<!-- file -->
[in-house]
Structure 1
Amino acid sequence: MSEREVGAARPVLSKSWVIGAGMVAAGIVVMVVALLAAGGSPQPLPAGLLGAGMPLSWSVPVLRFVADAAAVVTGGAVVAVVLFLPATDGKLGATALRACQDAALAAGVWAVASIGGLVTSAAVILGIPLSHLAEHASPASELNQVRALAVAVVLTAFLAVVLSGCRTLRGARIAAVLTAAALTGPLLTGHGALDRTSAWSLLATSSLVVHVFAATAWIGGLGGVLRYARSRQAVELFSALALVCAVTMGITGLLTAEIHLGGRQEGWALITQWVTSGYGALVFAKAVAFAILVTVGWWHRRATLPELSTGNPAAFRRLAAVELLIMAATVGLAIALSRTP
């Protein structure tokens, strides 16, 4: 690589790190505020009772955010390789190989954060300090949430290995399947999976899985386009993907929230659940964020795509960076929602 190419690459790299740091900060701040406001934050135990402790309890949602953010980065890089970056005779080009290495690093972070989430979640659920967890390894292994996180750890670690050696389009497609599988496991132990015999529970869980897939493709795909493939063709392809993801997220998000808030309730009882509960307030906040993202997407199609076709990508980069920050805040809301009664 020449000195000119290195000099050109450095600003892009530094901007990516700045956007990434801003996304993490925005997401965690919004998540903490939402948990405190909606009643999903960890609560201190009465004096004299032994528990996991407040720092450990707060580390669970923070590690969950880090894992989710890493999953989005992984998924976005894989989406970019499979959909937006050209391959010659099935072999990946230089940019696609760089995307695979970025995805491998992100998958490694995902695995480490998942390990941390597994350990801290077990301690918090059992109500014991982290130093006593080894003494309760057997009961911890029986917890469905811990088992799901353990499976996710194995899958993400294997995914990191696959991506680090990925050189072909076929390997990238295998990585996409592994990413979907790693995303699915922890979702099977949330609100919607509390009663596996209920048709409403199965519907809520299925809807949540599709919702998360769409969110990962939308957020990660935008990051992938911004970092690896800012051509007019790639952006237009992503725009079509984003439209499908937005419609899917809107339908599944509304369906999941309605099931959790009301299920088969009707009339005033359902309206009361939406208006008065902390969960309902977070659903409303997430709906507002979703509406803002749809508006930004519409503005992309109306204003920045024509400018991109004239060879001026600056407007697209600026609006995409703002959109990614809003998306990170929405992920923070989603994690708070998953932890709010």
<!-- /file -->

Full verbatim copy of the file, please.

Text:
[in-house]
Structure 1
Amino acid sequence: MSEREVGAARPVLSKSWVIGAGMVAAGIVVMVVALLAAGGSPQPLPAGLLGAGMPLSWSVPVLRFVADAAAVVTGGAVVAVVLFLPATDGKLGATALRACQDAALAAGVWAVASIGGLVTSAAVILGIPLSHLAEHASPASELNQVRALAVAVVLTAFLAVVLSGCRTLRGARIAAVLTAAALTGPLLTGHGALDRTSAWSLLATSSLVVHVFAATAWIGGLGGVLRYARSRQAVELFSALALVCAVTMGITGLLTAEIHLGGRQEGWALITQWVTSGYGALVFAKAVAFAILVTVGWWHRRATLPELSTGNPAAFRRLAAVELLIMAATVGLAIALSRTP
């Protein structure tokens, strides 16, 4: 690589790190505020009772955010390789190989954060300090949430290995399947999976899985386009993907929230659940964020795509960076929602 190419690459790299740091900060701040406001934050135990402790309890949602953010980065890089970056005779080009290495690093972070989430979640659920967890390894292994996180750890670690050696389009497609599988496991132990015999529970869980897939493709795909493939063709392809993801997220998000808030309730009882509960307030906040993202997407199609076709990508980069920050805040809301009664 020449000195000119290195000099050109450095600003892009530094901007990516700045956007990434801003996304993490925005997401965690919004998540903490939402948990405190909606009643999903960890609560201190009465004096004299032994528990996991407040720092450990707060580390669970923070590690969950880090894992989710890493999953989005992984998924976005894989989406970019499979959909937006050209391959010659099935072999990946230089940019696609760089995307695979970025995805491998992100998958490694995902695995480490998942390990941390597994350990801290077990301690918090059992109500014991982290130093006593080894003494309760057997009961911890029986917890469905811990088992799901353990499976996710194995899958993400294997995914990191696959991506680090990925050189072909076929390997990238295998990585996409592994990413979907790693995303699915922890979702099977949330609100919607509390009663596996209920048709409403199965519907809520299925809807949540599709919702998360769409969110990962939308957020990660935008990051992938911004970092690896800012051509007019790639952006237009992503725009079509984003439209499908937005419609899917809107339908599944509304369906999941309605099931959790009301299920088969009707009339005033359902309206009361939406208006008065902390969960309902977070659903409303997430709906507002979703509406803002749809508006930004519409503005992309109306204003920045024509400018991109004239060879001026600056407007697209600026609006995409703002959109990614809003998306990170929405992920923070989603994690708070998953932890709010």